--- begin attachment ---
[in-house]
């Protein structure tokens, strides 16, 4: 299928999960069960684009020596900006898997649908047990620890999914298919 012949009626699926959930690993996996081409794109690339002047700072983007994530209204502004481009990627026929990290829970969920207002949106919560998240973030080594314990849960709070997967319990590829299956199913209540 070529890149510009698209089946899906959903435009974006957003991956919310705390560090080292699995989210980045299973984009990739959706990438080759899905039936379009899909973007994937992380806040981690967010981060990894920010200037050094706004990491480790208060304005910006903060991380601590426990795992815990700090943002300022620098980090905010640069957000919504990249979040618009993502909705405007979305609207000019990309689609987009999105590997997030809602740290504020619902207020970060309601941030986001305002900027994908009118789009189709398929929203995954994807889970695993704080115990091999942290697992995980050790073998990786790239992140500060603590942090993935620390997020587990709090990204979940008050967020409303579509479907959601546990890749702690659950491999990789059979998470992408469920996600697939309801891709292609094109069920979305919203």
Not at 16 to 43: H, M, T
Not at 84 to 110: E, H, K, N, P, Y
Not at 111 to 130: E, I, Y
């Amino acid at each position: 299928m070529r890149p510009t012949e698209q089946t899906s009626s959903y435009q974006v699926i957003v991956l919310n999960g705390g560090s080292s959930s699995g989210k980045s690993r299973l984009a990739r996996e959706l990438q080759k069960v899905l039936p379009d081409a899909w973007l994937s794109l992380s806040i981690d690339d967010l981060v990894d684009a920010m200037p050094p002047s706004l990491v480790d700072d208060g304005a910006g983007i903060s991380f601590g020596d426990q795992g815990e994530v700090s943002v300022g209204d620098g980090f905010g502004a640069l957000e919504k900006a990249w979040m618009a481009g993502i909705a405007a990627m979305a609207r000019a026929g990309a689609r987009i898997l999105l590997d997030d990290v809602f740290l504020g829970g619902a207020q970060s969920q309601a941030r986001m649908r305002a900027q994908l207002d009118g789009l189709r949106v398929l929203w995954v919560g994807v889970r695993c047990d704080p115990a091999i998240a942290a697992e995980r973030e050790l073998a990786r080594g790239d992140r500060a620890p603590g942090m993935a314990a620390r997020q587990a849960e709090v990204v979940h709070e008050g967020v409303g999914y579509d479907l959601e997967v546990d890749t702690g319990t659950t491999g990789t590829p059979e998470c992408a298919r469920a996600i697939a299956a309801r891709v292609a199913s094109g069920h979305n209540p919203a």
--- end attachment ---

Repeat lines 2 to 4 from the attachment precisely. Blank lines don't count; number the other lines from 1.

């Protein structure tokens, strides 16, 4: 299928999960069960684009020596900006898997649908047990620890999914298919 012949009626699926959930690993996996081409794109690339002047700072983007994530209204502004481009990627026929990290829970969920207002949106919560998240973030080594314990849960709070997967319990590829299956199913209540 070529890149510009698209089946899906959903435009974006957003991956919310705390560090080292699995989210980045299973984009990739959706990438080759899905039936379009899909973007994937992380806040981690967010981060990894920010200037050094706004990491480790208060304005910006903060991380601590426990795992815990700090943002300022620098980090905010640069957000919504990249979040618009993502909705405007979305609207000019990309689609987009999105590997997030809602740290504020619902207020970060309601941030986001305002900027994908009118789009189709398929929203995954994807889970695993704080115990091999942290697992995980050790073998990786790239992140500060603590942090993935620390997020587990709090990204979940008050967020409303579509479907959601546990890749702690659950491999990789059979998470992408469920996600697939309801891709292609094109069920979305919203």
Not at 16 to 43: H, M, T
Not at 84 to 110: E, H, K, N, P, Y